Twisting familiar sounding influences into unfamiliar shapes. That's what American band Palm do on their latest six track EP Shadow Expert. What you'll here, nominally stems from Post Punk and Math Rock but you couldn't quite nail it down to individual bands as is so often the case. Or at least I can't. Maybe I'm not well enough versed. It certainly sounds fairly fresh to me.
Palm, like other contemporary American guitar bands such as Omni, Warehouse, Sunflower Bean, Hoops and Cende are definitely setting off somewhere new within familiar pop and rock parameters and that's always good to hear. Rather than just apishly recreating the glory of long gone records or copying their contemporaries, they're heading for different horizons, and even though this asks more of the listener, ultimately the effort is well-rewarded.
Formed by undergraduates at an upstate New York university, the band have been together as a four-piece ever since, relocating to Pennsylvania in the meantime. The latest Pitchfork review says that Shadow Expert is their best effort so far and though I'm not familiar with their previous stuff I can definitely recommend this. It's melodic but unpredictable and the six songs on the EP strike off in different directions rather than sticking to a single template.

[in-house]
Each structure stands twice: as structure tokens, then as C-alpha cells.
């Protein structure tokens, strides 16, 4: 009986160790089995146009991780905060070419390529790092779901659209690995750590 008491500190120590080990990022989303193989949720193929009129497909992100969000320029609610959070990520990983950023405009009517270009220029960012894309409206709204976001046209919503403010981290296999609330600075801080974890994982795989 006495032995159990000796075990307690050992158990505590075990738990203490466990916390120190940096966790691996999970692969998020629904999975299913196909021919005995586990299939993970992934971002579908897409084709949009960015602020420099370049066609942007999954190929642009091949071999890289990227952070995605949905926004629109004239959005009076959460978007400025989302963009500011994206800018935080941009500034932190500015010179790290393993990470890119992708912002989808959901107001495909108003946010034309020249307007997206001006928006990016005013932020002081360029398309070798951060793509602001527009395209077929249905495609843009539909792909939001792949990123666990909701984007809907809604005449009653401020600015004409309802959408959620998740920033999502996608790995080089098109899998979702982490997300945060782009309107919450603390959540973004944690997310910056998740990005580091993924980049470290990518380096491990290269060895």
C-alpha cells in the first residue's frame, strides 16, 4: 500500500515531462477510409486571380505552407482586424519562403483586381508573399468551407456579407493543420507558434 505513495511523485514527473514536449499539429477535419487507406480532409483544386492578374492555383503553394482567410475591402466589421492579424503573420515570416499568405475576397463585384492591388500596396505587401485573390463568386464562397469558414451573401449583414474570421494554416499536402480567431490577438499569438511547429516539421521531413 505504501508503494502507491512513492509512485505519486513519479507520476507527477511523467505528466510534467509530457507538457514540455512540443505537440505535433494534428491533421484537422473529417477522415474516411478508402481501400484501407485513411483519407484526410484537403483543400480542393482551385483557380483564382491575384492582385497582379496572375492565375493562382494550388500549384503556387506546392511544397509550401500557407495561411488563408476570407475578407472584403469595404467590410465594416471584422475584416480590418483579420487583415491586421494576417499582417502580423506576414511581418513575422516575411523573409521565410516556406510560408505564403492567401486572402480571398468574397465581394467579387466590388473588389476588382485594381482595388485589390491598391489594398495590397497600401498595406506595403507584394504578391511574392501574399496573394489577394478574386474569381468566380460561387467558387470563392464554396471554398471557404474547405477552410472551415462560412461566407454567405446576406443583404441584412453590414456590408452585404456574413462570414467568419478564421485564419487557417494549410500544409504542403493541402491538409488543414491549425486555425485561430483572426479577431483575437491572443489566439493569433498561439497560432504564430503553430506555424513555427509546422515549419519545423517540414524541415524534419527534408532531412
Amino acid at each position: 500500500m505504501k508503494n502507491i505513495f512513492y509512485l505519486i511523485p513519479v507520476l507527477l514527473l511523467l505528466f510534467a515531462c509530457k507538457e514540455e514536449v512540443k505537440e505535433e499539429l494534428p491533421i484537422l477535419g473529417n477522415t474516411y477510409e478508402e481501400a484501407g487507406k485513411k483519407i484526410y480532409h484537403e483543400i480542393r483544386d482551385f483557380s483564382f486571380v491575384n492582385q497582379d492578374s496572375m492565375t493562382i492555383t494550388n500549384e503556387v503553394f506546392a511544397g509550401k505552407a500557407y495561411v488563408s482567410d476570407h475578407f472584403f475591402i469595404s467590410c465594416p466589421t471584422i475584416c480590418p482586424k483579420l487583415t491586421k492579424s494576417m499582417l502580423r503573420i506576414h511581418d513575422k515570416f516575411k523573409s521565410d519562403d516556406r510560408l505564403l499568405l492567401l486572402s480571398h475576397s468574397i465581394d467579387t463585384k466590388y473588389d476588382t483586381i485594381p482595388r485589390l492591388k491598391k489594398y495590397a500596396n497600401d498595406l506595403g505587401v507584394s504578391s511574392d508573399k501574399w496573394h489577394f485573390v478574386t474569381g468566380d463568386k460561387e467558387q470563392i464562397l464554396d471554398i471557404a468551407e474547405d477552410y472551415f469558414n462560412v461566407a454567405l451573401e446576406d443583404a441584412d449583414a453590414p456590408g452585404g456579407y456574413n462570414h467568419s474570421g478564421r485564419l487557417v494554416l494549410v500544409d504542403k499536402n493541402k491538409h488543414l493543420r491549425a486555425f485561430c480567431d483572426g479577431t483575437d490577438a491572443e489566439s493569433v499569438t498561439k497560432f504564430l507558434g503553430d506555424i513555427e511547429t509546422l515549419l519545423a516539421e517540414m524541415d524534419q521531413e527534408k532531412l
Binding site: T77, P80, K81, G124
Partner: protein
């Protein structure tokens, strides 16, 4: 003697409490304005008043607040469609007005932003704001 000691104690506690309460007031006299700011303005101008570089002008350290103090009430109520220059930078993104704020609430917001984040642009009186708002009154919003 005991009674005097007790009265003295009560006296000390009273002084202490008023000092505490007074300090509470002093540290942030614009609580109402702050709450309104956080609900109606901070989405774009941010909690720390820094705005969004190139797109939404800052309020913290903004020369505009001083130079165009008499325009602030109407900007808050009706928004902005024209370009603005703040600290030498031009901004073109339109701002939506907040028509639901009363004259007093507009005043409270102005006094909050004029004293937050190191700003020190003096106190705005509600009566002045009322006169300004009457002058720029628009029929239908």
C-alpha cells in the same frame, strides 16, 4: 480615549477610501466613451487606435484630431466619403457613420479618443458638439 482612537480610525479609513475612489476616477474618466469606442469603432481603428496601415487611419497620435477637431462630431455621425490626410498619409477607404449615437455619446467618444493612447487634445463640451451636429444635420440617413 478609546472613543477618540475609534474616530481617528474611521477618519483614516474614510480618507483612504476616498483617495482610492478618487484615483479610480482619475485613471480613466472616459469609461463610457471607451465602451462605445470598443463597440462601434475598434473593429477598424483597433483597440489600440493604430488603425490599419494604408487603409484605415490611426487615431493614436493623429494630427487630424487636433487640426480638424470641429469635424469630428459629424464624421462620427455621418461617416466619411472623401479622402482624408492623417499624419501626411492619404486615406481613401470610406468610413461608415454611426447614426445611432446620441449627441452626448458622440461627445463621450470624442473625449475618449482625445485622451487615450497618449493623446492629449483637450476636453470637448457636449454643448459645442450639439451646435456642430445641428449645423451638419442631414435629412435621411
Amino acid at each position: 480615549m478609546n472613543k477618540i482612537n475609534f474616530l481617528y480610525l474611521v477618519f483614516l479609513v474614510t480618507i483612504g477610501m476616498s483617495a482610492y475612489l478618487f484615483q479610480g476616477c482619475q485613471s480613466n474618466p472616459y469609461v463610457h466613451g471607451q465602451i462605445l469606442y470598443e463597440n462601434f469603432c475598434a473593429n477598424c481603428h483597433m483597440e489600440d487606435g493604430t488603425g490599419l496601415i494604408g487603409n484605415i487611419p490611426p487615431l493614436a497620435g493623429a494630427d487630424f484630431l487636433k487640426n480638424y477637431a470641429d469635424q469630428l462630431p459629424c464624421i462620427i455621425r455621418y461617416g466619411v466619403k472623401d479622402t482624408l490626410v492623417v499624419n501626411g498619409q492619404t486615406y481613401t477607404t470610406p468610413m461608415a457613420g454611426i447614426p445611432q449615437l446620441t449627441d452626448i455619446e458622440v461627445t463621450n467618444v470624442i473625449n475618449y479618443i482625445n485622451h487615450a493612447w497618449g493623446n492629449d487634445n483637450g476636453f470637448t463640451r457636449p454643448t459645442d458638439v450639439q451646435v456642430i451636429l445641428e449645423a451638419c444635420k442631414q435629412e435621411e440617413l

None of the six songs on here so much as reach the four minute mark but it doesn't seem so because Palm are such a busy, intricate band. There's nothing on here that's verse/chorus either in the traditional sense but there are repeating signatures and defining patterns in each track, each of which has an internal, ticking logic.The centre always holds.
All in all an intriguing listen. Less than twenty minutes very well spent with Kasra Kurt, Eve Alpert, Hugo Stanley, and Gerasimos Livitsanos, (I also appreciate a band with a good set of names), or Palm.